Certainly these partners have invested a year of their time to bring something unique to Portland, but I wanted to know one thing.
Editor: Why didn’t you give up when the going got rough? Why did you want to do it?
Shapiro: We both felt passionately that we wanted to demonstrate that sustainable building could be constructed for about the same price as conventional construction. During the Cascadia Conference what I talked about was that promoting sustainability is about education. How else do we connect the dots without it?
Veillet: Our experience in this industry allows us the opportunity to create that educational opportunity and remain innovative. Developing these projects right now is more about creating models and prototypes that all end up part of the educational process that can be utilized by all developers with an interest to do the right thing. If these building practices are not being completely honed by us, the already convoluted process of development will remain too complicated to add green.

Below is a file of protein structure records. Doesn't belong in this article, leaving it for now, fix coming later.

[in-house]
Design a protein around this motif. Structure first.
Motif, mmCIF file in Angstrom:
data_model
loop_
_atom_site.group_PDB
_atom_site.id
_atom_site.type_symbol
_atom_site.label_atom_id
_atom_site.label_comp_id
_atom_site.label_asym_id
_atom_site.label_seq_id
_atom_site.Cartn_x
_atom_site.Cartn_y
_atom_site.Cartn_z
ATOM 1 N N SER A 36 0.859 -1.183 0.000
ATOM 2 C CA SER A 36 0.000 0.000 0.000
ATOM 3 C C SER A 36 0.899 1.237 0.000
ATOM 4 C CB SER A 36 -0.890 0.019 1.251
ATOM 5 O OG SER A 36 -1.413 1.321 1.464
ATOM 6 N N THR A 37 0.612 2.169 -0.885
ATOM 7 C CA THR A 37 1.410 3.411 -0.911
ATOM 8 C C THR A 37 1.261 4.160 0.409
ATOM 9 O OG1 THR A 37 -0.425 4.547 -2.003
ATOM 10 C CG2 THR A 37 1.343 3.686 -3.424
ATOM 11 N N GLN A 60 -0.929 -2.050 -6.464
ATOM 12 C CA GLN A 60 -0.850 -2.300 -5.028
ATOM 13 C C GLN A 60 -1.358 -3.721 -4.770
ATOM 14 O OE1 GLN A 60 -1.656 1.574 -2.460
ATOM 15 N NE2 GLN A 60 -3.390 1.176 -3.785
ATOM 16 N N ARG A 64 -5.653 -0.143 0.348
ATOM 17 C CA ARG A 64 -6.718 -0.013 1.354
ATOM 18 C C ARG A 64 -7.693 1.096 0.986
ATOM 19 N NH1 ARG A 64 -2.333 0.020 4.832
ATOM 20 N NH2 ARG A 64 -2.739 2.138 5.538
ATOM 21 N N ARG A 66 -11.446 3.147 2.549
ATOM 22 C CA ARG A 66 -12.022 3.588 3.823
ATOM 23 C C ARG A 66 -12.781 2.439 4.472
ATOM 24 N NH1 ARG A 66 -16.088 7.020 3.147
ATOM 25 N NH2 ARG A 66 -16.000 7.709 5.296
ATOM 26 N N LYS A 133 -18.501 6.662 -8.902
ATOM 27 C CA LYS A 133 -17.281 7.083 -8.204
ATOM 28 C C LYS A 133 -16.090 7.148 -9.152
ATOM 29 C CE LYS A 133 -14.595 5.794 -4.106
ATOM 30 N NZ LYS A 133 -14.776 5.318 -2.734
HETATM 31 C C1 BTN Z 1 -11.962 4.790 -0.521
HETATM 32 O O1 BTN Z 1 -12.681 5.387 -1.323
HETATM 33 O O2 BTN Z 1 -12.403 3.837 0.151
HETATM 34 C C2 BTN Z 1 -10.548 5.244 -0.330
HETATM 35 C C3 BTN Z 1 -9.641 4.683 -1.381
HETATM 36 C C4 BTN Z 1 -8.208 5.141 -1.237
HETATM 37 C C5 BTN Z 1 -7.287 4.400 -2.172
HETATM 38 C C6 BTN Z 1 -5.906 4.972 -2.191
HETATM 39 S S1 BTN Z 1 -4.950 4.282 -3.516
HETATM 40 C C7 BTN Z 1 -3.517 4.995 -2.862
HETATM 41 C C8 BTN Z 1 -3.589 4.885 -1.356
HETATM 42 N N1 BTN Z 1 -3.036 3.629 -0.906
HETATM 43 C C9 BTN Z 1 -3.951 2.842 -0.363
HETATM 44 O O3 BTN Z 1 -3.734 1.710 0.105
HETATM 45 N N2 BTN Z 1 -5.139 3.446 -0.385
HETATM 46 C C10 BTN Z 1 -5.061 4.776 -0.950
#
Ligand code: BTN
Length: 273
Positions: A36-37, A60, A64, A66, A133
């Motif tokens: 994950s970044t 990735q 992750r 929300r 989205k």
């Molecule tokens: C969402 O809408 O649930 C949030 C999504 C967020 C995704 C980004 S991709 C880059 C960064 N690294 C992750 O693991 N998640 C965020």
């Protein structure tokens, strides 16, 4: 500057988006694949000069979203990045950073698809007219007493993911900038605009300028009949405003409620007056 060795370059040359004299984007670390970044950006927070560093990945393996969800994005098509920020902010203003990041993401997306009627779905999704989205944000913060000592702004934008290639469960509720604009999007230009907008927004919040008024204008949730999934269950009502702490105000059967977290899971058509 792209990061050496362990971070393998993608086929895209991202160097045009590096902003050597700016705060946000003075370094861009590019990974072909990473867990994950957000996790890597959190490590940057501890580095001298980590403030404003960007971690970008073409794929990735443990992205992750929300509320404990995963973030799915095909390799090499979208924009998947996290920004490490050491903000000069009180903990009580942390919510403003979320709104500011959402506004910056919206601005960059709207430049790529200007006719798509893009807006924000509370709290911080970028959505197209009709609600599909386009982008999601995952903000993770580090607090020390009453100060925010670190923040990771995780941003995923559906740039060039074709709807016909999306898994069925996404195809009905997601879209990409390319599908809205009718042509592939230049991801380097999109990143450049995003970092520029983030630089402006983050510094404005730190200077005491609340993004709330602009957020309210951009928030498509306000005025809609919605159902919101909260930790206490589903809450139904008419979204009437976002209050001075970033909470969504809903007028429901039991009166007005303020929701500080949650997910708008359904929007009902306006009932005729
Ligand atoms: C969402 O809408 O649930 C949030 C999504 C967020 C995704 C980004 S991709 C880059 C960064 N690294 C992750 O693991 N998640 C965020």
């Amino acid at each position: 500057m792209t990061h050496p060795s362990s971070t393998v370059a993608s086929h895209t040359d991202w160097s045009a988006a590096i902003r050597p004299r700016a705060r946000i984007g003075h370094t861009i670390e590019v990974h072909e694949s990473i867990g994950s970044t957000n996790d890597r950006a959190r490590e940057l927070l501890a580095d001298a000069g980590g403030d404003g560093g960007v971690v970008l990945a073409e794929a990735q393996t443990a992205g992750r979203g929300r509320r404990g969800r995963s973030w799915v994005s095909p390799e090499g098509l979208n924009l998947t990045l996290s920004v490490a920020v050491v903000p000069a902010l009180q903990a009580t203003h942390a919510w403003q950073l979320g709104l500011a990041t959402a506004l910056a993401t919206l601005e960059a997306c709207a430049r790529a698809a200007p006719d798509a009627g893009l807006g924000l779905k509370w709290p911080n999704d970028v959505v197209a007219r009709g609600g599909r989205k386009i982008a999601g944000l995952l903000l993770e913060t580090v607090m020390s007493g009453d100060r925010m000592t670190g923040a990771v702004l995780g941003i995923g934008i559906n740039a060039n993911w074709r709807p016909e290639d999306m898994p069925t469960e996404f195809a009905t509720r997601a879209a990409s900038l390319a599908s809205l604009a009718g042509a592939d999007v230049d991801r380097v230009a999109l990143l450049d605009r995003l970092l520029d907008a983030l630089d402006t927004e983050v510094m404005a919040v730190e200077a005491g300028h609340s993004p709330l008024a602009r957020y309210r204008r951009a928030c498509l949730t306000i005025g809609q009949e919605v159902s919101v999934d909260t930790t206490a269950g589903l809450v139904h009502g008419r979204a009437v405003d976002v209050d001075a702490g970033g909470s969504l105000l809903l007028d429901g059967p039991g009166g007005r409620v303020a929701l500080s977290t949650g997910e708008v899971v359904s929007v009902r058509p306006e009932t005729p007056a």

Shapiro: Our main hurdle was that our innovative sustainable design was not valued, and the only comparables the appraisers came up with were built in 1928. There just was nothing like this already standing, which was the point. Obviously it was possible to find a building that might have met the square footage criteria or the natural ventilation aspects, but these were not in any way comparable to what we were doing. Ultimately we made some adjustments on the small things, but we didn’t alter our main design. Once this development is completed, it will be easier for the next comparable project.
Editor: Other than the financing aspect, what kind of neighborhood resistance did you encounter?